This is a contributed column by Kimberly Mosley, president of the American Specialty Toy Retailing Association (ASTRA). ASTRA is a nonprofit organization that serves over 1,800 independent retailers, manufacturers, and sales representatives in the specialty toy industry. Views are the author's own.
When Toys R Us announced its closing, generations of parents had to look for a go-to destination to reward a child after scoring the winning soccer goal or to track down the desired toy for the holidays. In turn, there was an instantaneous realization that other big box stores did not have the capacity to fill the toy void left by Toys R Us. They couldn’t fit an entire toy store inside their already packed stores.
Because of this, we have seen more and more independent toy stores step up to fill in the gap with innovative and unique shopping experiences to attract the overflow of customers, and these 'grassroot' approaches are serving to shape the industry in ways that positively benefit the local toy owner.
Filling the Toys R Us gap
There’s no argument that local toy stores have always had a larger selection of product and personalized service than the big box stores. As part of their craft, independent store owners are careful to stock unique and high-quality toys and games that best fit their communities.
Now they are bringing more events and experiences into the store.
Local toy stores can deliver on the "customer experience promise" at a higher level than big box and online retailing through customer service and store events and since the closure of Toys R Us, stores around the nation are producing more and more of these types of experiences for customers.
Store events with branded experiences are a notable way the industry is filling the gap and we recently saw this through Melissa & Doug when they partnered with South Carolina retailer Wonder Works to debut experiential retail and offer interactive, screen-free play zones, known as "immersive play zones," that Melissa & Doug retailers now provide their customers. By offering original in-store events, stores strengthen their connection to the community and bring the magic to kids and the kids-at-heart, which was the magic of Toys R Us, and helps brands, big and small, to have a hands-on experience with customers.
Customer service is still key
Local toy store owners understand that loyal customers return in part due to the above-and-beyond customer service that shopping local can provide in comparison to a big box store.
The customer service experience that has always been a part of shopping at local toy stores continues to take center stage in how retailers are responding to changes in the industry. Shopping local offers a personalized shopping experience which can include offers like free gift wrapping, where one or two staff members are on hand to wrap gifts for customers, and/or enhancing convenient personal shopping by calling the store ahead of pick up and asking for the gift to be wrapped prior to pick up. Another example of this personalized shopping experience is working with the store owner to find the perfect toy to fit your child’s stage of development and interests (even if it is not the latest movie craze). Special orders, wishlists and other personalized services help to make the local toy store feel more like a destination for the entire family.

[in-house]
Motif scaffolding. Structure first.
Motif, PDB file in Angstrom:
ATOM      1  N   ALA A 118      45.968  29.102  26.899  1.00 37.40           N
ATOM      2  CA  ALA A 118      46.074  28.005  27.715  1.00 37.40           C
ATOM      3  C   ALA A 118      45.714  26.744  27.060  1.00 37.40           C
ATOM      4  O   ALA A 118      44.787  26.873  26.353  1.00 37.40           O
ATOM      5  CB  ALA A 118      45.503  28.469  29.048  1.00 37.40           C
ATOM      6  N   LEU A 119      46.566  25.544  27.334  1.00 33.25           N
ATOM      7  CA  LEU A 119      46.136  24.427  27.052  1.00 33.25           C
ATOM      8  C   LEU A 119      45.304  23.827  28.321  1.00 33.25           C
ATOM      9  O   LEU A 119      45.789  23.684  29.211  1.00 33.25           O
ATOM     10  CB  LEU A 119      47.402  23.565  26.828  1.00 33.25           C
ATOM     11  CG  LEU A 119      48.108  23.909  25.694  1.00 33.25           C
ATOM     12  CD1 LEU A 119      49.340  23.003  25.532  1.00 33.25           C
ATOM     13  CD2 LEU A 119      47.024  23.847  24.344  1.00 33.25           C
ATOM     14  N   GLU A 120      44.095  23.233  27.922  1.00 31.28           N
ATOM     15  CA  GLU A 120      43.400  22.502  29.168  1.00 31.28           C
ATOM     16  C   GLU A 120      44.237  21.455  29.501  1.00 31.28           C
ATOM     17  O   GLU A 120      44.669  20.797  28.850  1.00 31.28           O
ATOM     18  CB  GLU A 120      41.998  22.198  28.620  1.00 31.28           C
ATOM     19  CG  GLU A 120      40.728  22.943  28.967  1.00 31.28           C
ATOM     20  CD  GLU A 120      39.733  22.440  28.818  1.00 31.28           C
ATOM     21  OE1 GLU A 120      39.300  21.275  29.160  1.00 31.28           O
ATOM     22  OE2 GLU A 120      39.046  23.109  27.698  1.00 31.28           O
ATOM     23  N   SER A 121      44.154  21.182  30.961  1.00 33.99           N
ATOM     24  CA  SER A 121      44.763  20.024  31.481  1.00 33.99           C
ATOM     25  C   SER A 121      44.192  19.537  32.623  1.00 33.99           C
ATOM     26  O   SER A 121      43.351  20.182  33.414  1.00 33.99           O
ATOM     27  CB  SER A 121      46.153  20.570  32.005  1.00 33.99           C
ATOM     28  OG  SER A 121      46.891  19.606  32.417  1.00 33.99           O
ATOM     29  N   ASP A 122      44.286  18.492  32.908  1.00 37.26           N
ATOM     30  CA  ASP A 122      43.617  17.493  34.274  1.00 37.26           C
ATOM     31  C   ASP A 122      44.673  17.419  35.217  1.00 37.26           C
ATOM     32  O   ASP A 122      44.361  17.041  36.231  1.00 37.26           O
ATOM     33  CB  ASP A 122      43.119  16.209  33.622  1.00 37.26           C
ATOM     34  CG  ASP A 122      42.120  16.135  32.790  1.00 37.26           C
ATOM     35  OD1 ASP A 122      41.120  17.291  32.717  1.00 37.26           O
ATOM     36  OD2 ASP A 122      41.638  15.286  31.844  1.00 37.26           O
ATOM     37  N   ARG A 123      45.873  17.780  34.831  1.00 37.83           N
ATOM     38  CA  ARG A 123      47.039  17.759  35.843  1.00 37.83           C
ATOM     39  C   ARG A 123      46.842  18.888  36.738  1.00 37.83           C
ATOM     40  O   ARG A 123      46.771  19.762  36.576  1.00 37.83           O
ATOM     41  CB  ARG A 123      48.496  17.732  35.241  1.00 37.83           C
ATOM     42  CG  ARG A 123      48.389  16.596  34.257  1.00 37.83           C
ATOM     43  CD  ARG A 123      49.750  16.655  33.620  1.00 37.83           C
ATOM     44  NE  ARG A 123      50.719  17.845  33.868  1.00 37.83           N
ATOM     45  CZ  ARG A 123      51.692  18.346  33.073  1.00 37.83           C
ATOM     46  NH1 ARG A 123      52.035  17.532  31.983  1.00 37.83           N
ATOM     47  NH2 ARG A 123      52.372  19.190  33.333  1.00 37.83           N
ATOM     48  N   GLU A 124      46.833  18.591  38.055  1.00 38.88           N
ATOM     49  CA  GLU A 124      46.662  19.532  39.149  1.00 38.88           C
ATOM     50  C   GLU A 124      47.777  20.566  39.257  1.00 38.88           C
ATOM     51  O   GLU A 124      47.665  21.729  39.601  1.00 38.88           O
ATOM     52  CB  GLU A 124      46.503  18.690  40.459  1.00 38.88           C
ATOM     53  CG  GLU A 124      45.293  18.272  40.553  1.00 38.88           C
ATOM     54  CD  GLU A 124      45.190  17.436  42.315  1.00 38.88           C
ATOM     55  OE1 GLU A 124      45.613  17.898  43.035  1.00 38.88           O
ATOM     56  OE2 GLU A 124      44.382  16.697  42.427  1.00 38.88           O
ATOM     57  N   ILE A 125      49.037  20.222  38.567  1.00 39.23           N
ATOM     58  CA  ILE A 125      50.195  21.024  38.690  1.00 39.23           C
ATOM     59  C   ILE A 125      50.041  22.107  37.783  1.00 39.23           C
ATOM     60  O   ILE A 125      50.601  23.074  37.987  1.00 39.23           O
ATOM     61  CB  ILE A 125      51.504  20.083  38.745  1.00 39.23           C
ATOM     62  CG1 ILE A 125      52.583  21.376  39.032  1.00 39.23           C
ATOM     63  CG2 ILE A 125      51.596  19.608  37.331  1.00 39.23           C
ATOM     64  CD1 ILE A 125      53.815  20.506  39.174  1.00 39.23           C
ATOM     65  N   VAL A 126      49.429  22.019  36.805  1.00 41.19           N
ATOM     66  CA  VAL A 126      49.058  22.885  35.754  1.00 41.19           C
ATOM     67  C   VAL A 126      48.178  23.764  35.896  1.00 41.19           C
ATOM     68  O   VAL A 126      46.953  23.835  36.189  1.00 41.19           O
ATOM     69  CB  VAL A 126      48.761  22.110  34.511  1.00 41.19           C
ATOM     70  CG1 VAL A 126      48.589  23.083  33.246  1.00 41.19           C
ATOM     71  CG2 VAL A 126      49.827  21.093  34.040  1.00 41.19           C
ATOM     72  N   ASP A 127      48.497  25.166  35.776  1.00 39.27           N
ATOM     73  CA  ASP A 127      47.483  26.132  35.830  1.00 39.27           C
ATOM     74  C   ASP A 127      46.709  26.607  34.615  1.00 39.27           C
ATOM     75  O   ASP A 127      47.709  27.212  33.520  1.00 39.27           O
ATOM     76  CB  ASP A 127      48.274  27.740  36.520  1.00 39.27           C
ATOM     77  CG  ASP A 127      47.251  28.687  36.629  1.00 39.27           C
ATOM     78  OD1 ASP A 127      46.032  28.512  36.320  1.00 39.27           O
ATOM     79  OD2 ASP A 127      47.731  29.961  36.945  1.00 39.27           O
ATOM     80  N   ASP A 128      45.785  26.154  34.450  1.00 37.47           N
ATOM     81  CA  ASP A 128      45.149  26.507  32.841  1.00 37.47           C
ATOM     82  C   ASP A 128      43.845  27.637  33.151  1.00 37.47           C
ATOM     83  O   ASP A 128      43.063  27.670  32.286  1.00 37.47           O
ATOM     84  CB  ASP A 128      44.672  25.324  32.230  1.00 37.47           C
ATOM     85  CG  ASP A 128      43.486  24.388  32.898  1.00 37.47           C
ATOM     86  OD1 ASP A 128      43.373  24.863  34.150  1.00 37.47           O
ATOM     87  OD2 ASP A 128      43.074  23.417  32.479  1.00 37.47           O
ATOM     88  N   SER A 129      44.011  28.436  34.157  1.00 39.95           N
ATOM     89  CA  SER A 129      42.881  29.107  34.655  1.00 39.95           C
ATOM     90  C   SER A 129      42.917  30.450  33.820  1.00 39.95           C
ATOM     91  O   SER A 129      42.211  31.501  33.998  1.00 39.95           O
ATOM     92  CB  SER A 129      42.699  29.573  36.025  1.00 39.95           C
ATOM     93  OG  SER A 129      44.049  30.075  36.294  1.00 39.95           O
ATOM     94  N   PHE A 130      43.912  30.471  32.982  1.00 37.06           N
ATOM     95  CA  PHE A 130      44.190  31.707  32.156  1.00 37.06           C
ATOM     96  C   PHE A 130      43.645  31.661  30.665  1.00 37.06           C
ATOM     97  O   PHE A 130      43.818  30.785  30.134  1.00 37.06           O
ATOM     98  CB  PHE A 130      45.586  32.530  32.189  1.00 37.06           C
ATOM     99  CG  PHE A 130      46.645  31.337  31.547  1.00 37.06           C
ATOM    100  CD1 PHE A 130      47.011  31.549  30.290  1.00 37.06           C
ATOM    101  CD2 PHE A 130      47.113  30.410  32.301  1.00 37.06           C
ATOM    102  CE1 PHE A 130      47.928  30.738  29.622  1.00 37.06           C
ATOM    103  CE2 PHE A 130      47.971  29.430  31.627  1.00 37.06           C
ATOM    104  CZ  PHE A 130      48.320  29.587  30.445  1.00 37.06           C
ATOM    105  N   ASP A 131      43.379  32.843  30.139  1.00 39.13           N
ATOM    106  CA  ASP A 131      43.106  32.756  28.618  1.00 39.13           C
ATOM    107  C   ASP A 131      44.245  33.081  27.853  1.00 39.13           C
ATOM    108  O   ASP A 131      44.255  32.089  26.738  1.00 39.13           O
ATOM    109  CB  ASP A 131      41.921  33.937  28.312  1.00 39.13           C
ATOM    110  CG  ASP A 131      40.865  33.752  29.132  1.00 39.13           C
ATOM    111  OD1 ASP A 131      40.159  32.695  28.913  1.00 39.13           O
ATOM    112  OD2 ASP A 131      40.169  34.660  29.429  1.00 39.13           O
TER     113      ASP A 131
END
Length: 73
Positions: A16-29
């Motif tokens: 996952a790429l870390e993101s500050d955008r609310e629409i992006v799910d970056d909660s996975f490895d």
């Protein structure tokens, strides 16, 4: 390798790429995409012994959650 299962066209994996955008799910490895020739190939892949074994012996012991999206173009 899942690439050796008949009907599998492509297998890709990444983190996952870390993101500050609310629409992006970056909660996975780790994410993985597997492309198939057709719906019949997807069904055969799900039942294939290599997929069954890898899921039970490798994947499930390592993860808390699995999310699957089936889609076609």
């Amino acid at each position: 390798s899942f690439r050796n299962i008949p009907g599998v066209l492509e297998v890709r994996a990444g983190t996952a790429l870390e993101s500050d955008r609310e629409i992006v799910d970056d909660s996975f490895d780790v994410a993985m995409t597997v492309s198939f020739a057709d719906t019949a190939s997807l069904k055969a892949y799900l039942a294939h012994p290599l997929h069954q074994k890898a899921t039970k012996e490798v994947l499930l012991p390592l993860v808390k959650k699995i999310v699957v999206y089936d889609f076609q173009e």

By offering these conveniences, the owner and the staff get to know the customers, and in turn mom and dads can count on the expertise of the owner and staff to make the best choices for their child.
In addition to knowing their customers and the community they serve, they also know the business of play. Owners and staffers understand play is a vital activity in child development. They know about play and social development and can help parents and caregivers assess critical milestones. Through programs like ASTRA’s Certified Play Expert (CPE), participants gain in-depth knowledge on the science behind the play, toys as tools to enrich children’s lives, and child development stages and learning styles. Through programs like this, they are taught to recommend items based on the child’s needs and the parent’s goals. This is more informed shopping than impersonal clicks on an online store.
In the future, we can expect to see more in-store, branded experiences, like LEGO-building or immersive play zones. This trend, along with dedicated play areas for kids while parents are shopping, will only ripple as more and more toys think of creative ways to give a "customer experience." Following in line with this, pop-up stores that feature experiences like "pop up play days" in select cities are notably taking off as well.
We also will continue to see long term partnerships play out over the next few years. By partnerships, think in terms of toy store sponsored community clean-up projects where kids, parents and store employees are working side-by-side to create a new play space.
Lastly, as new retail technologies like automated POS and near-field recognition become more attainable for small business owners, they will be able to meet customer high-tech expectations with more effective marketing and ability to spread the word.